RANGOON — Multiple construction projects on the site of a public garden occupying a peninsula in Rangoon’s Inya Lake were suspended on Monday by city officials, and will undergo an investigation.
The projects have faced criticism from the public, the media and urban planners, for misusing public space intended for general recreation, and have faced scrutiny for what appeared to be overly favorable terms offered to the private developers by the previous government.
Eight companies have been constructing projects of up to 3.5 stories that include a shopping mall, an amusement arcade, a health club and a playground, located over the 45-acre Mya Kyun Tha garden, protruding into the eastern length of Rangoon’s famous lake, close to the Sedona Hotel and the upscale Myanmar Plaza shopping mall along Kabar Aye Pagoda Road.
The projects received the approval of the Yangon City Development Committee (YCDC), Rangoon’s municipal authority, during the time of the previous government in 2013.
Developers must now await the approval of a review committee set up on Tuesday, charged with investigating whether the contractual agreements and YCDC’s rules and regulations are being followed, YCDC secretary Daw Hlaing Maw Oo told The Irrawaddy.
“We have suspended them because there is lot of criticism. The projects can’t be resumed until our approval,” said Daw Hlaing Maw Oo, who is heading the review committee made up of YCDC department heads.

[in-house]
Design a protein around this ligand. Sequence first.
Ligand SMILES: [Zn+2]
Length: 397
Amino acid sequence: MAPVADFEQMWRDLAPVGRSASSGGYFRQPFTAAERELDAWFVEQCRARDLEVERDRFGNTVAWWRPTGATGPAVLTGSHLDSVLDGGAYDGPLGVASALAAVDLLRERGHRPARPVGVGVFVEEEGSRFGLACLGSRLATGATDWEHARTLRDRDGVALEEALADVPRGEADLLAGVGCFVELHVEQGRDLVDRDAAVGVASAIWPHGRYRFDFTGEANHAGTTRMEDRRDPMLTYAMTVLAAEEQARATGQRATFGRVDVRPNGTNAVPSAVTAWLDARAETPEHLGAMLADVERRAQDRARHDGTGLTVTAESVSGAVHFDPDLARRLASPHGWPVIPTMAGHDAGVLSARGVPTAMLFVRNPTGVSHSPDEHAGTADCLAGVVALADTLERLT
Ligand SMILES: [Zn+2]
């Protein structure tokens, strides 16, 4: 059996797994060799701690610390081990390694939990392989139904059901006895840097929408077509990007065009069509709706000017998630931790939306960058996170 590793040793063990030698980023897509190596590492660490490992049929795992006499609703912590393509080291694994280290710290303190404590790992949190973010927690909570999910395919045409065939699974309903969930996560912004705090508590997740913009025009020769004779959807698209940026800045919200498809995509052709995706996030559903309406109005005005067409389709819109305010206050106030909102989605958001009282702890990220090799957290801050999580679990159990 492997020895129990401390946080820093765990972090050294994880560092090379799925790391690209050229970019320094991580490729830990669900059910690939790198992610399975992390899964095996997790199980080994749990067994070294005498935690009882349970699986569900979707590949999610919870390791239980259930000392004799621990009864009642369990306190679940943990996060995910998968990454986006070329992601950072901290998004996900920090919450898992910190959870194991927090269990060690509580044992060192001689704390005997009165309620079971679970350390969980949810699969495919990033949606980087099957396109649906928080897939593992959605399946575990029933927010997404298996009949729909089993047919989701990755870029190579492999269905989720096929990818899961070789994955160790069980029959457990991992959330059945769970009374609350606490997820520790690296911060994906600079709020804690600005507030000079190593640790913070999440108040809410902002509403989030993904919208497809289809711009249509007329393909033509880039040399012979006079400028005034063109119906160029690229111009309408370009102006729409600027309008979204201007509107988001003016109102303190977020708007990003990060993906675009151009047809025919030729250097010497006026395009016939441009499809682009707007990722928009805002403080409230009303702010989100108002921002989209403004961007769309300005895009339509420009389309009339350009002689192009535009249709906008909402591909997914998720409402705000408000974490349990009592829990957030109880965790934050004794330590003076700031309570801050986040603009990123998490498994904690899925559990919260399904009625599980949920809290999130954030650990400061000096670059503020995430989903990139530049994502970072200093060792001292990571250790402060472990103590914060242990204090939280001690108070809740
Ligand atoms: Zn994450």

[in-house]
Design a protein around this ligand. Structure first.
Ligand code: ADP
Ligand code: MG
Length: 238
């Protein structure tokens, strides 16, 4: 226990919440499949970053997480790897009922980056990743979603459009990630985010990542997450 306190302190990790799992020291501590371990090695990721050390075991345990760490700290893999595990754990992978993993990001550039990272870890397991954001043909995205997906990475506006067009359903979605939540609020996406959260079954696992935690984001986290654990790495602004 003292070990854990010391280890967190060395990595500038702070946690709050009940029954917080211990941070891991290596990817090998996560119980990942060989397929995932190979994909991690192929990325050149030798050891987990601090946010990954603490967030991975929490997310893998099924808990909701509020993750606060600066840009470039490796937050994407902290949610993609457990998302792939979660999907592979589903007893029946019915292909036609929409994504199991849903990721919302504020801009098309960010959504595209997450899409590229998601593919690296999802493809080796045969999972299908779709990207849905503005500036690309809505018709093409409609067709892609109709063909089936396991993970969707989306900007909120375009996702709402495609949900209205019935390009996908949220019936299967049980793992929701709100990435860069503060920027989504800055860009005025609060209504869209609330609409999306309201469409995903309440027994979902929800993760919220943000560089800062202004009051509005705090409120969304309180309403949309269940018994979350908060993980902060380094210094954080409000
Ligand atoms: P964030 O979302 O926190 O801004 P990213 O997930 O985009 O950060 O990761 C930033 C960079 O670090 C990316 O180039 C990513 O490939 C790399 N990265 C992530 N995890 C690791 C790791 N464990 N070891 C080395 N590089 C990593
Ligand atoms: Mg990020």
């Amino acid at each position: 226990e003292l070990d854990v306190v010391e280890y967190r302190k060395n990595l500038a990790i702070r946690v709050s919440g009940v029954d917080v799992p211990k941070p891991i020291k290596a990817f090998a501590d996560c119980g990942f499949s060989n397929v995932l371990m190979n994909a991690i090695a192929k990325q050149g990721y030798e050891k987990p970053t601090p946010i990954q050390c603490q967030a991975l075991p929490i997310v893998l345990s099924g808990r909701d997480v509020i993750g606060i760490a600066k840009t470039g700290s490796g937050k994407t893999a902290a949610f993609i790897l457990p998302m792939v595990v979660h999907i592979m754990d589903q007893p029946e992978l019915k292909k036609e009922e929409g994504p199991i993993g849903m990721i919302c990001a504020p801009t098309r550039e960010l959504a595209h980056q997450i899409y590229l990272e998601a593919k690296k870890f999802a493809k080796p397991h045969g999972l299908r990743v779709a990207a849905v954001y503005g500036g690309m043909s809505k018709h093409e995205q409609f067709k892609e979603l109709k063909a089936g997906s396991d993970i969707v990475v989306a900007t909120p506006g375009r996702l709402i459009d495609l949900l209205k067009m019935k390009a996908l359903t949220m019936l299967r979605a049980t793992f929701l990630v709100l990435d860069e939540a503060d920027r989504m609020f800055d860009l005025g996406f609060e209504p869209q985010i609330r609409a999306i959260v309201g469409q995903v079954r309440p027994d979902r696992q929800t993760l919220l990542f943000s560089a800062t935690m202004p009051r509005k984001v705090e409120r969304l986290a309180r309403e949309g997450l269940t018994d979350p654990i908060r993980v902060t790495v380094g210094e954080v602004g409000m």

According to a contract between one of the companies and the YCDC, viewed by The Irrawaddy, the land was leased to the company for 45 years—with the option of three subsequent five-year extensions—with a monthly rent of 1,000,000 kyats (US$800) per acre. This is well below standard commercial rents for the area, where half an acre of land can fetch up to 5,000,000 kyats (US$4,000) a month in rent, according to real estate agents.
In June, the issue was raised at the Rangoon Division parliament, where a proposal was made to end public-private partnerships between the YCDC and private companies under which public land is leased to build shopping malls, high-rise condominiums and other commercial developments.
The proposal was approved by the divisional parliament, after which Rangoon Mayor U Maung Maung Soe pledged to see a resolution to the problem, and defend the city’s public spaces against future encroachment.